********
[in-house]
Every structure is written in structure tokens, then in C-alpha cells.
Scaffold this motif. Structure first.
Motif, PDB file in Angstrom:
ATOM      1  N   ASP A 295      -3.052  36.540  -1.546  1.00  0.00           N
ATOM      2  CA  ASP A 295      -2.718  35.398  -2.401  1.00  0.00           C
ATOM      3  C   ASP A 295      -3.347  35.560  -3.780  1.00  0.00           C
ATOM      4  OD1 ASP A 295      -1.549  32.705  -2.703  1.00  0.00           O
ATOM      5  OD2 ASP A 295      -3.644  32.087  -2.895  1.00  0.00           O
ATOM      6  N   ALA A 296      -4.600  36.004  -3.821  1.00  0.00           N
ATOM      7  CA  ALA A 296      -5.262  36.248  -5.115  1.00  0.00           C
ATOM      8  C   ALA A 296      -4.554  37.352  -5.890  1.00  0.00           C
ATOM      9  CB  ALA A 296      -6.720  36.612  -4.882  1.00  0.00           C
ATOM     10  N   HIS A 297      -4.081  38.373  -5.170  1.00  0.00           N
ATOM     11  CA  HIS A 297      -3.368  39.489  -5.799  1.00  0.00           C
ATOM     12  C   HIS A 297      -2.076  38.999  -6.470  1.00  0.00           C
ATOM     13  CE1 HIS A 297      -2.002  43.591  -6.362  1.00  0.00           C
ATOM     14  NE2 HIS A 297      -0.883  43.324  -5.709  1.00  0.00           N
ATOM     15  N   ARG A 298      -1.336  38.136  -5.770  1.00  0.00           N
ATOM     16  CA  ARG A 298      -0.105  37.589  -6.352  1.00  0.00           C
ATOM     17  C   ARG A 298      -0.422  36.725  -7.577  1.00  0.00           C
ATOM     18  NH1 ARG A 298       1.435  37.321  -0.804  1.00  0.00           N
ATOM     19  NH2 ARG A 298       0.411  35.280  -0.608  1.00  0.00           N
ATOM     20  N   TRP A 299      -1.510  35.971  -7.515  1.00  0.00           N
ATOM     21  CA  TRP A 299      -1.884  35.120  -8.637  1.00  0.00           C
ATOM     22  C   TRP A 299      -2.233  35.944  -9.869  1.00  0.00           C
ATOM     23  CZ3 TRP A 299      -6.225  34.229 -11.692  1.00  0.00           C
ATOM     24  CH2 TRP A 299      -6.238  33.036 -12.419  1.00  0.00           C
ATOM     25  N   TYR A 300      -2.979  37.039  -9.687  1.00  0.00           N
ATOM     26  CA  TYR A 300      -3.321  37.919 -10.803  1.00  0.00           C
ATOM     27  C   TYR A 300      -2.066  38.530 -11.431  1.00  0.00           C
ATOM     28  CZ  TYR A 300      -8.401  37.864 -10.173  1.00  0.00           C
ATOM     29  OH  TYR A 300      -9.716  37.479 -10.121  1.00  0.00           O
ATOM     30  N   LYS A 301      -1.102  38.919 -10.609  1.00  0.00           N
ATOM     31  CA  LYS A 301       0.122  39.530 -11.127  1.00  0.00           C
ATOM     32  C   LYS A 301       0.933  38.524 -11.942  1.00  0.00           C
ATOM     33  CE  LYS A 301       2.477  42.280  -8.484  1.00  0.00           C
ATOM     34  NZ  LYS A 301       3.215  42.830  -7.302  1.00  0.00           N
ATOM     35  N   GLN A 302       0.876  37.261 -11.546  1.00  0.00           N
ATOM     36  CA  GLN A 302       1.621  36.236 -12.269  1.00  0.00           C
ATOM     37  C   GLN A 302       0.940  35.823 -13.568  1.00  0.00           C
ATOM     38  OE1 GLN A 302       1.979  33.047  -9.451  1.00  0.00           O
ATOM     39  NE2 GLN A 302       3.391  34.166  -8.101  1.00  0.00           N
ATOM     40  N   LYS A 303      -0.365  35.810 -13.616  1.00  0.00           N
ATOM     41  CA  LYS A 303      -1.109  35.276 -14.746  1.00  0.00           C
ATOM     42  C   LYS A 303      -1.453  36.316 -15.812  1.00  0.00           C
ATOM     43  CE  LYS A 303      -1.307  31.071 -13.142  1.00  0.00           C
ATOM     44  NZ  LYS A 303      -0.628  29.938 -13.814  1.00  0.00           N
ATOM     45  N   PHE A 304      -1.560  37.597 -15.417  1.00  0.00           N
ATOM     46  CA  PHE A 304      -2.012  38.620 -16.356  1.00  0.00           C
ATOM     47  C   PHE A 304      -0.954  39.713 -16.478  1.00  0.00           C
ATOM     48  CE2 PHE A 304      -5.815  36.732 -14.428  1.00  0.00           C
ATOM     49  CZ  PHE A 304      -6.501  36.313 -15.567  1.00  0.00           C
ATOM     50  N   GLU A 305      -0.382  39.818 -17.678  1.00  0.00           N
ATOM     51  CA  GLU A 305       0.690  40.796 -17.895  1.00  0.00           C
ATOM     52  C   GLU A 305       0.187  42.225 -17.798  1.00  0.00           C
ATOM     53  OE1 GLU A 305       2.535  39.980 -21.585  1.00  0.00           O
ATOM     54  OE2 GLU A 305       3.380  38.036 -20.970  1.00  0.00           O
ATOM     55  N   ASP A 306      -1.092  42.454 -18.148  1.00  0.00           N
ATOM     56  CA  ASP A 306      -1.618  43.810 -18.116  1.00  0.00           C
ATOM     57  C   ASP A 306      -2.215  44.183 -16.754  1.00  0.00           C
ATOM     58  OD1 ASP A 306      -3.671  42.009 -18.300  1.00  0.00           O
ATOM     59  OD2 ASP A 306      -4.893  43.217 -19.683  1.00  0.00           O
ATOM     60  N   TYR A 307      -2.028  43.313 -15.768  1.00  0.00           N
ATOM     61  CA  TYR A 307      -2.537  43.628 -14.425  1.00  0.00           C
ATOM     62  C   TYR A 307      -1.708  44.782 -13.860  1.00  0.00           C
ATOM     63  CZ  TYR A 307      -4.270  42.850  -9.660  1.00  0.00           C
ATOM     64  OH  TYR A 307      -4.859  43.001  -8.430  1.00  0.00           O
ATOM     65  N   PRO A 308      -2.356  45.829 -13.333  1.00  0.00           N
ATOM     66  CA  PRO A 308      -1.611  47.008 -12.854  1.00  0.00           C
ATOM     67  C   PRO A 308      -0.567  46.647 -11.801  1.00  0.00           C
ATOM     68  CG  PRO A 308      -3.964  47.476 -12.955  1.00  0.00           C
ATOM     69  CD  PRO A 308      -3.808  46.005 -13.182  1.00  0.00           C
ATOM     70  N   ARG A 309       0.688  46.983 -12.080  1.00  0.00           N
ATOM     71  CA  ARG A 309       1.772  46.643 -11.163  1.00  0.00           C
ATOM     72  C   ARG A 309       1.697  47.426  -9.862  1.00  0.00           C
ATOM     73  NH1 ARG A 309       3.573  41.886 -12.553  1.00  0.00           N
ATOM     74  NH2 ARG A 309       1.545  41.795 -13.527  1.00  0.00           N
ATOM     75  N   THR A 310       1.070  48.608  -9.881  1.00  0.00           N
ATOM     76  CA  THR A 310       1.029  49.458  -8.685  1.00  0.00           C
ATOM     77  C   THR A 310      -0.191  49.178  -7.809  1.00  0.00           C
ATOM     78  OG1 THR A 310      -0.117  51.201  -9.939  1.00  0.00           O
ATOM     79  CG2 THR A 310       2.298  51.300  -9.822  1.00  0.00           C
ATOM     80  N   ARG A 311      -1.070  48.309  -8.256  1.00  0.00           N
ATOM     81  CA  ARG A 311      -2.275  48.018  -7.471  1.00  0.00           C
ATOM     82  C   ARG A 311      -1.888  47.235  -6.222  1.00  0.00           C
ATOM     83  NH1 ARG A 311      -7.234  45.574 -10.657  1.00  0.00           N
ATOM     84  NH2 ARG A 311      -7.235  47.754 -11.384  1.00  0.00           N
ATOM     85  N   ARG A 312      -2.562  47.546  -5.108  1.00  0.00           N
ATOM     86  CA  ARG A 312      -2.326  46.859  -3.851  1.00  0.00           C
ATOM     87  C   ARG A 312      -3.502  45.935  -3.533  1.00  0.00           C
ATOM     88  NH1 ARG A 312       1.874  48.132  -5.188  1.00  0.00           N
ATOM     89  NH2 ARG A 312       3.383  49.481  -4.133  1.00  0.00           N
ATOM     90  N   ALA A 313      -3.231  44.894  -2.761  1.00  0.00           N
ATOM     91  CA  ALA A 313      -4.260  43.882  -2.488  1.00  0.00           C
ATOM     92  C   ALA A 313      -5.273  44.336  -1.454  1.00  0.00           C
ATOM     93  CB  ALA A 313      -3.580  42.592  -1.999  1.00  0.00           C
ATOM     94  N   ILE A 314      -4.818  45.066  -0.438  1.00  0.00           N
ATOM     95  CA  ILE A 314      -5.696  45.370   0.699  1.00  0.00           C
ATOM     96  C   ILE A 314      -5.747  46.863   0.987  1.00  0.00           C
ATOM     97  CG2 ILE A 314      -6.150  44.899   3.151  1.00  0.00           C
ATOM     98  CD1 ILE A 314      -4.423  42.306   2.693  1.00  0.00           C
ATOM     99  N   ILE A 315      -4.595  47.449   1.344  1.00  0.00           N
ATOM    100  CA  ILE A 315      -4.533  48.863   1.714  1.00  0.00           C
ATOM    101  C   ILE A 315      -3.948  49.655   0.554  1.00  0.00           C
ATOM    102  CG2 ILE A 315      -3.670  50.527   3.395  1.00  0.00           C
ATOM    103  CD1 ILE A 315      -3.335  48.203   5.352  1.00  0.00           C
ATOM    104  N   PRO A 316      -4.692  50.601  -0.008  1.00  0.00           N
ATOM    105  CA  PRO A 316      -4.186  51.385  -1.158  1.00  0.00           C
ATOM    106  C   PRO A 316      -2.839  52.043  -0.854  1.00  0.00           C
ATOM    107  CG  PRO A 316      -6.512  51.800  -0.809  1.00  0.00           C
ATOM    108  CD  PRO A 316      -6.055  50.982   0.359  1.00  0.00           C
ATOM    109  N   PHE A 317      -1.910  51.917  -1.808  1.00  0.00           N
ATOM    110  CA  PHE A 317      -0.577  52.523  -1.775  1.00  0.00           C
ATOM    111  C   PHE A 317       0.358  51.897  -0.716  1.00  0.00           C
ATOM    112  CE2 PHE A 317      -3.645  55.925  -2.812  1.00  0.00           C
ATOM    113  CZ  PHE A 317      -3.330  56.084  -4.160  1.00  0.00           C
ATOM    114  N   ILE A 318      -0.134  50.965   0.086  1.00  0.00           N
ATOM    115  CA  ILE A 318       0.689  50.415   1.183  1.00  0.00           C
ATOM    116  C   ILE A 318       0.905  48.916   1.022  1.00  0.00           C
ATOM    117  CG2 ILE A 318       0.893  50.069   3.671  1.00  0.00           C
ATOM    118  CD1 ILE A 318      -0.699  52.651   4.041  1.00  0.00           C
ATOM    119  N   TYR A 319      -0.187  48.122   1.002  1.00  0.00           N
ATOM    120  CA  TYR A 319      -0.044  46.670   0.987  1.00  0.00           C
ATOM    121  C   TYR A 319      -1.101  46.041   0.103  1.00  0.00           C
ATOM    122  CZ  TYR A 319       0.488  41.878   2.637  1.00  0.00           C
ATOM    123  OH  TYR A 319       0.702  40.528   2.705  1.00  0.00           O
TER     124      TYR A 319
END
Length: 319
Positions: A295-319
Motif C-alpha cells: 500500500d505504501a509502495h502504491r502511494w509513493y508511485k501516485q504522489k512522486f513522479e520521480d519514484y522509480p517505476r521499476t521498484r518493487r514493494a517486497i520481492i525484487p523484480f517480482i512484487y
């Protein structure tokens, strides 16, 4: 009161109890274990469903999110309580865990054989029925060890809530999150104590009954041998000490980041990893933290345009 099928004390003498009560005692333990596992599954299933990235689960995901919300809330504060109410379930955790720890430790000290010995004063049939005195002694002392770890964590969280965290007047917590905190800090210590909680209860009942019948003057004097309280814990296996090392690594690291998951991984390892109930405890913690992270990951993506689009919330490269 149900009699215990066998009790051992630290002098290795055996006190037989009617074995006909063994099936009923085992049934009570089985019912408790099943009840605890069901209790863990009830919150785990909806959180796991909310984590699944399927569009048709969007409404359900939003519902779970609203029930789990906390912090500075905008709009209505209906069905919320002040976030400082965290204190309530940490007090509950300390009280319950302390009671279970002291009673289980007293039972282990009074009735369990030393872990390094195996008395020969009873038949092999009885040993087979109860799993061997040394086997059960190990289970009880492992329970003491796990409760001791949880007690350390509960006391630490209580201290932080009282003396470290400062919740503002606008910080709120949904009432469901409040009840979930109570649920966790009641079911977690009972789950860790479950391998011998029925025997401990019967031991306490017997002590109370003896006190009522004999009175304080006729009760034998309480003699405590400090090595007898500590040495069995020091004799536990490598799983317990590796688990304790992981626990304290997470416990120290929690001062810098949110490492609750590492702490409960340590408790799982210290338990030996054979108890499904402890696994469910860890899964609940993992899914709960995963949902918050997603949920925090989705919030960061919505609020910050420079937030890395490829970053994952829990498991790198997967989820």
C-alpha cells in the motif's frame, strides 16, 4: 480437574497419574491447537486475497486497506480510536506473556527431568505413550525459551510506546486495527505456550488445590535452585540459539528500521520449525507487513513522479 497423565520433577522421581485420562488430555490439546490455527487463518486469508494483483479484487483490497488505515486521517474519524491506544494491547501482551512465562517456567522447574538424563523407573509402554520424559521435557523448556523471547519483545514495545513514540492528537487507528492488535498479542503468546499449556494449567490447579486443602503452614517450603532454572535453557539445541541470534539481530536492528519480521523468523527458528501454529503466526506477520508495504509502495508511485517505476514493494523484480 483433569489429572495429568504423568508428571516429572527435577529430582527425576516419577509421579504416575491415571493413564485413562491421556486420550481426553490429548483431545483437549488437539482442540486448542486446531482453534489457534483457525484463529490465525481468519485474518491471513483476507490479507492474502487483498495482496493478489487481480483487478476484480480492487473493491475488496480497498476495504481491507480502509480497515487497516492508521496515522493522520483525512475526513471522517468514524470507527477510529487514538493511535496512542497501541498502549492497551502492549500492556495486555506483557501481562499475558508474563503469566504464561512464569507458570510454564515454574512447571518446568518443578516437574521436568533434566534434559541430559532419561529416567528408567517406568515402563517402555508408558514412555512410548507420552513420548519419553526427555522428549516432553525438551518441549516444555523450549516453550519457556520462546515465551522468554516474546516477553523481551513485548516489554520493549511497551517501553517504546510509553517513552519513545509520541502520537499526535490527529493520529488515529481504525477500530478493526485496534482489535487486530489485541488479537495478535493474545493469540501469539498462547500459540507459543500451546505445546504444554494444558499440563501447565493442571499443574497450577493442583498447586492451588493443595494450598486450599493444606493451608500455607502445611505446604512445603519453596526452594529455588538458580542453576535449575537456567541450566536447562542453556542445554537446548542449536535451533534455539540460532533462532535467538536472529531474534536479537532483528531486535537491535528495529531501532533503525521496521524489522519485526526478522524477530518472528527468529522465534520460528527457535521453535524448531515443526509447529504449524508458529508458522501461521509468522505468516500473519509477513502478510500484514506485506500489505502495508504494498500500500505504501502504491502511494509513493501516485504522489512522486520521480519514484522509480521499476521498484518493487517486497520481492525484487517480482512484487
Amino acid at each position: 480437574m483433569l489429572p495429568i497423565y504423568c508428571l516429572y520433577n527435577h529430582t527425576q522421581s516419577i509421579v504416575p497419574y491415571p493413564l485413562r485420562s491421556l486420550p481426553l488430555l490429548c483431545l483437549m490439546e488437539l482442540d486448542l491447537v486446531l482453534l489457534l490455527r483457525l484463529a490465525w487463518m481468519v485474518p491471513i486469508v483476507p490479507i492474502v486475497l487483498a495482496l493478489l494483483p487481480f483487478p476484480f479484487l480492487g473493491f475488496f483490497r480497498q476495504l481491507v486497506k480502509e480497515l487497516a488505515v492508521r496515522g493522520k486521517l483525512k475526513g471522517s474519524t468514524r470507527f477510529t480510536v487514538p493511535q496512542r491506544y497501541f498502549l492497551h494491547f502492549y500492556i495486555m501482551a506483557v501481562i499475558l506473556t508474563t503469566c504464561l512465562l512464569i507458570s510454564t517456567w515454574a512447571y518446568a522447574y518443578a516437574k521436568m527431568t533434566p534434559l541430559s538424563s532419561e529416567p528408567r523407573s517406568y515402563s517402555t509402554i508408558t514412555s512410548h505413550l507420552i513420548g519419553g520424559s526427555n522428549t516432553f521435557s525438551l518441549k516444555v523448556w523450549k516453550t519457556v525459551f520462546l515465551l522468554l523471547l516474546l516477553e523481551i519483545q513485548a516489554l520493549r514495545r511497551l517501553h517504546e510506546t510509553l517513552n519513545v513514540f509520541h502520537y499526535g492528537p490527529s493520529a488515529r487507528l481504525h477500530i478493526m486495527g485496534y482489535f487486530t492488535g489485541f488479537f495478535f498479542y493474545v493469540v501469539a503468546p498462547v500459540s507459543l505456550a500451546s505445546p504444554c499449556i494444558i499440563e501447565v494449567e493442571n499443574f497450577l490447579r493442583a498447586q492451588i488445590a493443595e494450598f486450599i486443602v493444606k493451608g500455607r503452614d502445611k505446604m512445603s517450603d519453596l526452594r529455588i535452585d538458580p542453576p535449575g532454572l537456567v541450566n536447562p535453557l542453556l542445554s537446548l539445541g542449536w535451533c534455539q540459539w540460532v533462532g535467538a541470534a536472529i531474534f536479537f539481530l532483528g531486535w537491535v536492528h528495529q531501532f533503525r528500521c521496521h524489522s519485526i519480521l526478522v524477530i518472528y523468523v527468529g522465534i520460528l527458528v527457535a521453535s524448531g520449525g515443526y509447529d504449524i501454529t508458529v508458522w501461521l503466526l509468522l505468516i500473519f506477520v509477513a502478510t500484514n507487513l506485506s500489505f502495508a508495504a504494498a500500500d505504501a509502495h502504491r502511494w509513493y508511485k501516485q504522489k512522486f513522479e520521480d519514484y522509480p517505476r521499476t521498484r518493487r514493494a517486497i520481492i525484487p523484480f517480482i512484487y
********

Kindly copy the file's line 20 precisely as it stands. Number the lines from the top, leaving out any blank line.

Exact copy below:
ATOM     16  CA  ARG A 298      -0.105  37.589  -6.352  1.00  0.00           C